The aforementioned technological advances have been and are being similarly harnessed in retail — from holographic displays to slim or integrated transparent digital screens (think Samsung’s fridge fronts) to AR apps where customers can virtually put their own feet into retailers’ shoes (Adidas, Nike, and the sneaker reselling biz Goat, to name a few).
That actually leads into my favourite evolution in the sector. Retailers are putting themselves squarely into their customers’ shoes (see what I did there) and asking what their customers want, what will engender their loyalty (spoiler: it's not a loyalty card), and what experiences will truly resonate with their lifestyles and values.
The days of ‘stack ‘em high and see ‘em fly’ are over. Retailers are really diving deep to understand their audiences and customers and to do whatever’s necessary to eliminate their pain points from the purchasing process. A great example of this is Amazon Go, a grocery and convenience store concept that uses technological innovation to bill shoppers digitally — letting them simply walk out of the store with their purchases without queuing to pay.
I would expect we’ll continue to see a trend towards flexibility, especially in the wake of COVID changing the retail landscape. We can look for retailers to implement ‘temporary’ flexible solutions for their physical spaces, such as pop-ups and modular shopfronts — basically design that allows them to connect with customers in person whilst meeting their commercial objectives and taking advantage of benefits including sustainability and efficiency. We’ve actually been exploring flexible solutions for our clients at Context for many years.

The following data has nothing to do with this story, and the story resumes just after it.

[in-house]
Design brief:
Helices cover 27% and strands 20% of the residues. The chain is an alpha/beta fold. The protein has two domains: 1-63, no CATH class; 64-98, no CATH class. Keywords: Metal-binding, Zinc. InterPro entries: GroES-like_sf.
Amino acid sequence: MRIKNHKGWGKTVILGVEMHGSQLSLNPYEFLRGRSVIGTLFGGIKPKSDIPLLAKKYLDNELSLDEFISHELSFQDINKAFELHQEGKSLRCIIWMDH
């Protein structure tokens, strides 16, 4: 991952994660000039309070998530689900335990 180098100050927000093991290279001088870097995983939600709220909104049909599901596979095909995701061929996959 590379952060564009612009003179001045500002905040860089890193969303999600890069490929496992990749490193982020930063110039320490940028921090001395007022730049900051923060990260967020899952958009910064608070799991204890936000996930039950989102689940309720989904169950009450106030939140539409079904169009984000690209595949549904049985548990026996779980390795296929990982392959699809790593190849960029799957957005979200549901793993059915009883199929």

I think we can also expect to see the recent tendency toward shopping local stick around. This will take considerable effort on the part of the retailer; in terms of buyer psychology, humans are wired to comparison-shop for the best deal, so retailers are unlikely to succeed simply by virtue of being local. But if they can capitalise on what we saw during COVID — remarkable empathy within our communities to support struggling local businesses — by finding ways to emphasise their unique values and personalities, then the trend toward shopping local should solidify.
As we’ve seen with Nike and Adidas and numerous others, augmented reality (AR) has many valuable applications within the retail space. I think we’ll see AR become the norm in the sector — offering a ‘retail in your pocket’ experience that allows customers to immerse themselves in brand offerings, ‘try on’ the likes of clothing and footwear, and otherwise connect with retailers at any time and in any place.